Don’t go anywhere, the deputy had said, but as Baldwin dressed he decided that the deputy meant in the general sense of “don’t leave town.” A city-limits sort of proscription, which suited Baldwin fine, since he badly needed some food on his stomach. He walked down to the dive where he’d eaten the night before, took the same stool in front of the same barkeep, and ordered a Lone Star and a roast beef sandwich, as he’d done the night before. Twin Wells, A Friendly Place . Sure, where gun-waving psychics served up chocolate gravy and officers of the law fondled their fellow man’s nipple.
“Weren’t you in last night?” asked the barkeep.
“Left with Joe Newby?”
Baldwin sighed. “’Fraid so.”
The skinny barkeep eyed Baldwin a moment longer, then laughed to himself. “You don’t know, do you?” he asked. Baldwin took a swallow of beer and resigned himself to the worst. “Alex Johnson got shot in his house a couple hours ago, shot dead. They’re thinking Sally’s dead too, out in the woods somewhere. They just took Joe Newby up to the jail for it.” The barkeep coughed. “Word is they’re looking to bring another man in.”
Baldwin ate fast. He’d gotten the sandwich halfway down when two deputies entered the bar, the smaller, slighter one well-known to Baldwin by now—the nightstick poker, the nipple grabber—backed up by a hulking colleague with a low brow line. “Thought I told you to stay put!” Deputy Nipple cried in an ominously genial voice. Baldwin shrugged and pointed to his plate.
“I guess I got hungry.”
“And I guess you just got done!” the deputy chortled. They hustled Baldwin into the caged backseat of a patrol car and drove him over to the county sheriff’s compound, several low-slung buildings in the strip-mall style that were, hours after news of the murder had broken, buzzing with TV crews from San Angelo and Midland, at least four kinds of cops, official-looking civilians, and local crime groupies. Belly was sitting on a bench in the first suite of offices; Newby’s boy was snugged up close to her, with the SpongeBob doll clutched tight to his chest. Belly gave Baldwin a look, but neither of them spoke. Then there were more offices and more cops, then a small, windowless room somewhere deep in the building, bare except for a table and a couple of metal chairs. Deputy Hulk backed Baldwin into one of the chairs, and at a nod from Nipple he rattled Baldwin’s jaw with a couple of sharp jabs. “Just so you know,” said Deputy Nipple, leaning into Baldwin’s face, “you belong to me now. Your ass is mine.”
They didn’t hit him again, but the next four hours were grim enough, the way Nipple and a couple of the senior deputies grilled him to exhaustion. Where’d you go with Newby? Where’d y’all get the crank? And where’d you two sick perverts dump Sally Johnson’s body? When he asked to see a lawyer, they just laughed at him. Deputy Nipple was always there, standing too close, laughing too loud, but the times they left him alone, those were the worst, the dead stretches of fifteen or twenty minutes when he’d sit under the humming fluorescent light wondering if a man could simply vanish off the earth. If there was ever a place such a thing could happen, this was it, and he doubted anyone would come looking for him. Would Katherine even remember where he’d said he was? Not that she’d have much reason to seek him out—money, maybe, and there was little enough of that. Then he thought of his son, the small boy already so hardened to life that he could dismiss his father with two stoic words, That’s all . Not even any anger in the boy’s voice, that’s how scant a mark Baldwin had made. So if you got out of here , he asked himself, would you go about your life any different? Had you learned anything? Were you smarter, wiser? Could you go back to your people and make it right?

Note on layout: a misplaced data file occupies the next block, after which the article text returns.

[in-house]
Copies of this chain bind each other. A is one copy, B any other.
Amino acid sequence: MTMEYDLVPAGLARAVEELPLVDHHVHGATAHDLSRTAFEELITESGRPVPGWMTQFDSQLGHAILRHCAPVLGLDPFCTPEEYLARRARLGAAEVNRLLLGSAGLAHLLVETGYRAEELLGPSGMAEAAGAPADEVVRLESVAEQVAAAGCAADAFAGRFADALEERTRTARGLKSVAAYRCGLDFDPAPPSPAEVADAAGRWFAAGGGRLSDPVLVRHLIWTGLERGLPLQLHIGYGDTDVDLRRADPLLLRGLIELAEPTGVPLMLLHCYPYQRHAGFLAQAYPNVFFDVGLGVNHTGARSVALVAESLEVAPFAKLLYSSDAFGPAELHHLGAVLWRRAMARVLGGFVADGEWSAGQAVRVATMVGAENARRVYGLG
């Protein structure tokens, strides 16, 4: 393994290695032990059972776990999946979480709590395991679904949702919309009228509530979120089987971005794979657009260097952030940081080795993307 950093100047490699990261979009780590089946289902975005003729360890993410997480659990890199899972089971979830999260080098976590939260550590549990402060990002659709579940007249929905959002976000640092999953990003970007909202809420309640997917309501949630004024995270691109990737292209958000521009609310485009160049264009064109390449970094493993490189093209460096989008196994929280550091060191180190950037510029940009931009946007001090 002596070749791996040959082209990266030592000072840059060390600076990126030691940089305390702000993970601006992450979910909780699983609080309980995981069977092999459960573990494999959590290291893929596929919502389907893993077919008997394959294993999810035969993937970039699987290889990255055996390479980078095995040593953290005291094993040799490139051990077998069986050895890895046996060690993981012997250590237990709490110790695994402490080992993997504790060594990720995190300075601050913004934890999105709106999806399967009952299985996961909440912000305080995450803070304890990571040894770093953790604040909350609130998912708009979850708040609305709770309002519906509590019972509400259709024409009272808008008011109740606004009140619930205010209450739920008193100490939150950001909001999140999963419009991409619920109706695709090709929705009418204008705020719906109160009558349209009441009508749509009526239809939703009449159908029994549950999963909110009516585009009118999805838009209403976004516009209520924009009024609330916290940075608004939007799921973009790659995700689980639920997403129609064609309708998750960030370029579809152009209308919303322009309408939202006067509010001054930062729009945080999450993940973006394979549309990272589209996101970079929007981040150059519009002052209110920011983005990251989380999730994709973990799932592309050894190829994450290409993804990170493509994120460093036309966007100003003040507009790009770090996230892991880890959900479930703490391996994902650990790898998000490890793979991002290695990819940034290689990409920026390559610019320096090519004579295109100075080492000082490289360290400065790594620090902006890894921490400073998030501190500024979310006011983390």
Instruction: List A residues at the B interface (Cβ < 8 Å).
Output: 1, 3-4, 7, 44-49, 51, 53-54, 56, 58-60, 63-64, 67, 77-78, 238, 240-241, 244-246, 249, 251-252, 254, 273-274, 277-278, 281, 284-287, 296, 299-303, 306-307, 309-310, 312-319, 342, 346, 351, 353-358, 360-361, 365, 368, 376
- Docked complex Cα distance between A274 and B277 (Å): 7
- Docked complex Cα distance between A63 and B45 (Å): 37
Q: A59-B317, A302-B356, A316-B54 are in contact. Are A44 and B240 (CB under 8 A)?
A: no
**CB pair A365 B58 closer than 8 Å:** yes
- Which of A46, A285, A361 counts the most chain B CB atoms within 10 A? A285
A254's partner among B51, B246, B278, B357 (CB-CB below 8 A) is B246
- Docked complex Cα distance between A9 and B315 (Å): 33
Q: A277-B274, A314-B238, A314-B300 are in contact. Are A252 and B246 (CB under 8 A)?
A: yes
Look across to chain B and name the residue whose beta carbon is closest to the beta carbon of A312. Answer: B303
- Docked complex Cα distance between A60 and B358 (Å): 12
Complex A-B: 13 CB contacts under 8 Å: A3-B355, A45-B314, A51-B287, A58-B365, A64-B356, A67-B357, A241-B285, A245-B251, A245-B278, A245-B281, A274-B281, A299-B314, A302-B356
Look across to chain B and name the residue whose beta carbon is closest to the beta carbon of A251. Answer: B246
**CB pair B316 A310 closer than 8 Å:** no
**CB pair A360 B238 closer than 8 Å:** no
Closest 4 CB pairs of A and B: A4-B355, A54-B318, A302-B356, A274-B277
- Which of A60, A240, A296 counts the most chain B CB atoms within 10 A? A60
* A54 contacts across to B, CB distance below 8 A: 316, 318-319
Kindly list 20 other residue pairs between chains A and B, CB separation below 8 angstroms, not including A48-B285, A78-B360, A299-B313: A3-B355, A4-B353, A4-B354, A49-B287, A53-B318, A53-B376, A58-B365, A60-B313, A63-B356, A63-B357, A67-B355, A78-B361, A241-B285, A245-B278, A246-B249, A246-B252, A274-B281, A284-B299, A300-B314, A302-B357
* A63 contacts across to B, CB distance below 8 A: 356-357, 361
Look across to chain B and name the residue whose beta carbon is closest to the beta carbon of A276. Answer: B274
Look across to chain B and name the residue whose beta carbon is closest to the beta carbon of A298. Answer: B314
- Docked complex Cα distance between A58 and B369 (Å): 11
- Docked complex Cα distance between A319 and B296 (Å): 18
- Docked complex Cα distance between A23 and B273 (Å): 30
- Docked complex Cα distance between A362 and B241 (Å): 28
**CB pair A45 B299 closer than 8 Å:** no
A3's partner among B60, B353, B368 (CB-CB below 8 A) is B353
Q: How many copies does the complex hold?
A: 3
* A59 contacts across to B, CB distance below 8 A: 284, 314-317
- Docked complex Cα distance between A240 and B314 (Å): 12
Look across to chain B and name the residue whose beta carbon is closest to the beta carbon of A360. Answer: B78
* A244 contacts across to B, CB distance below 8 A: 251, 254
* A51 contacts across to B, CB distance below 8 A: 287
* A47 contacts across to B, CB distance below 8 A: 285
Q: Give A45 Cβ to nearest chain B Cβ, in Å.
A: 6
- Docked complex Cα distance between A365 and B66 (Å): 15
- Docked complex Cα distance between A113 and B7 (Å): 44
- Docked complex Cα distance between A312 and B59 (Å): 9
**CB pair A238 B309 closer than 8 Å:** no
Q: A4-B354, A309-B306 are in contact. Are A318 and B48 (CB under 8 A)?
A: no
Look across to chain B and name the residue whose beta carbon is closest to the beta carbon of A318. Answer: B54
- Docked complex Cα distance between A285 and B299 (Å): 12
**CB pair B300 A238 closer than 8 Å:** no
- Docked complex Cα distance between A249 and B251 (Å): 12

You could try, he thought. You could be a man and try; become a man in the trying. Then the door opened and the cops filed in, and for the first time that night the sheriff himself was sitting across from Baldwin. He was trim, clean-cut, youthful—early thirties, Baldwin guessed. He looked more like a big-city businessman than anybody’s notion of a Texas sheriff.
“Davey,” the sheriff said quietly, “go get Mr. Baldwin a cup of coffee.”
Deputy Nipple left to fetch the coffee. Hulk and one of the senior deputies remained, standing a few feet behind the sheriff, who regarded Baldwin with absolutely empty eyes.
“You charging me with anything?” Baldwin asked.
“We’ll see,” the sheriff answered, taking his time. “Right now your only alibi is a mentally challenged boy who also happens to be the son of a prime suspect, so I’d say that option is definitely on the table.”
Deputy Nipple returned with the coffee. Everyone watched Baldwin take a couple of sips, his first nourishment since he’d arrived all those hours ago. The sheriff ran him through the drill again, Baldwin’s version of yesterday evening’s events recited backward, forward, inside out. Then he sat back in his chair and eyed Baldwin a while.
“Tell me this,” he said finally. “You wouldn’t happen to know anything about some jewelry, now would you? Our information is some emeralds went missing from the house.”
Baldwin would never understand why he answered as he did. Perhaps it was as simple as the fact that he didn’t like cops. Or that he was royally pissed at the treatment he’d gotten from these particular cops. Or was it just that he’d finally gotten a bellyful of Twin Wells?
“Nope,” said Baldwin, summoning up his blankest look. “I wouldn’t know anything about any emeralds at all.”
Chapter Eight, by Jill Patterson, in which Baldwin visits